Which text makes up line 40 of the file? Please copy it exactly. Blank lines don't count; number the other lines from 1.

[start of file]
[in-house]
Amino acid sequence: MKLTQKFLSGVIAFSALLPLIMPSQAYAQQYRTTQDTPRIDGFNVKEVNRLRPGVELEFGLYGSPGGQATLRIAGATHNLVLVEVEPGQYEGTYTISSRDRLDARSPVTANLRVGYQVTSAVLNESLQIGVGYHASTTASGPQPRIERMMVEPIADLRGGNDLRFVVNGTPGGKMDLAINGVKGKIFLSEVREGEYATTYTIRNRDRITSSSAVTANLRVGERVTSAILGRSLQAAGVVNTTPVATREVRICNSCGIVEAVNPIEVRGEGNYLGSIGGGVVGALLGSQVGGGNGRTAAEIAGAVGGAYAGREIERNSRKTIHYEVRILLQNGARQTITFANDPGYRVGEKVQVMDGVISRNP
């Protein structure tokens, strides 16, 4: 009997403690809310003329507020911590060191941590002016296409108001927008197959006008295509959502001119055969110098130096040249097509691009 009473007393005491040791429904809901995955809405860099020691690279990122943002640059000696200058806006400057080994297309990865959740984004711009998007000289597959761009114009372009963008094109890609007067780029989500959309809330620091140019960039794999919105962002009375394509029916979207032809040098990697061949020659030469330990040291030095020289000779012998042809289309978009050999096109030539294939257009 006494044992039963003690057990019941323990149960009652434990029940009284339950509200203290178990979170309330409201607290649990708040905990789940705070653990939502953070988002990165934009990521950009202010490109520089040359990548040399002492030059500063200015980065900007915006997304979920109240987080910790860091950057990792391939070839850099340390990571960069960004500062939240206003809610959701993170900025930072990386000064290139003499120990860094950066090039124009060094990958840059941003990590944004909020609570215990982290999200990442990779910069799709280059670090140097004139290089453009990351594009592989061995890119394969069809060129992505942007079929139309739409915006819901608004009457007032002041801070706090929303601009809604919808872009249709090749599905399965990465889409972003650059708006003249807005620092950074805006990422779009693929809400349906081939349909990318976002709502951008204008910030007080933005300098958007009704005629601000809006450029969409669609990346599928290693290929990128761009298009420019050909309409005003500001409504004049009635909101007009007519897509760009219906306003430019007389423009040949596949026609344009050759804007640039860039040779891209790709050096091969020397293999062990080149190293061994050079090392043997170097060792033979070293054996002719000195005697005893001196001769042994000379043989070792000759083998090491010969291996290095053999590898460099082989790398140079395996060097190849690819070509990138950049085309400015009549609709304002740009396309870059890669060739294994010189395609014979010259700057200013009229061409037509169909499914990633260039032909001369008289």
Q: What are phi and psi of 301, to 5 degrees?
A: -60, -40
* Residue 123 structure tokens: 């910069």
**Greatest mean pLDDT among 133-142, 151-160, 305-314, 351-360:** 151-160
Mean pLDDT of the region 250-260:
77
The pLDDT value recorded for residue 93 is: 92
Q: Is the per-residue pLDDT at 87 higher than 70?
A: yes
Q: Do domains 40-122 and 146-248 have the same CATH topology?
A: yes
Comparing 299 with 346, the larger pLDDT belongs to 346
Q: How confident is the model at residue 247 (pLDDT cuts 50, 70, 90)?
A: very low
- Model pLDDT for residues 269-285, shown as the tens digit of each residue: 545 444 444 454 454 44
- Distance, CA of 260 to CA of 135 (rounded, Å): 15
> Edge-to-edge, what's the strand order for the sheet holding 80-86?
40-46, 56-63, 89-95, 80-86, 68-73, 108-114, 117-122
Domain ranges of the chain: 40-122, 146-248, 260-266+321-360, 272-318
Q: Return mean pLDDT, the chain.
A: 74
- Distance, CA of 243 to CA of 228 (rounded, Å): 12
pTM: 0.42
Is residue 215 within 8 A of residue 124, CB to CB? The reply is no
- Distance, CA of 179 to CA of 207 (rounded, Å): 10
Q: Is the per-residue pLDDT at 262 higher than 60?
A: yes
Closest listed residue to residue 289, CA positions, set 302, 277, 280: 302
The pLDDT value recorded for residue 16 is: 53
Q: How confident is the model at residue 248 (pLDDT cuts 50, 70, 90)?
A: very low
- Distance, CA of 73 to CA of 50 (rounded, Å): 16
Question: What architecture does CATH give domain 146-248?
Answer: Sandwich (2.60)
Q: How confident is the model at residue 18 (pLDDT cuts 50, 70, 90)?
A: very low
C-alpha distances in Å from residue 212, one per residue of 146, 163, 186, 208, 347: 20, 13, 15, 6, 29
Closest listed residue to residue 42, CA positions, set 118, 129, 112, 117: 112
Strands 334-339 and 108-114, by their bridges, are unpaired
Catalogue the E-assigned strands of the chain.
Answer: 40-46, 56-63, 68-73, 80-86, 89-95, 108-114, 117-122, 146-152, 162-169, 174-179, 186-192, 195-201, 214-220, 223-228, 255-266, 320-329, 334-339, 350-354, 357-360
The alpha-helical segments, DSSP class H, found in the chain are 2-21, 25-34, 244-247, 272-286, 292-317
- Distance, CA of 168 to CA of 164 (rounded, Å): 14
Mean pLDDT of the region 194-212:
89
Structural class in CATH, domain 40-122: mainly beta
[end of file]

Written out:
C-alpha distances in Å from residue 212, one per residue of 146, 163, 186, 208, 347: 20, 13, 15, 6, 29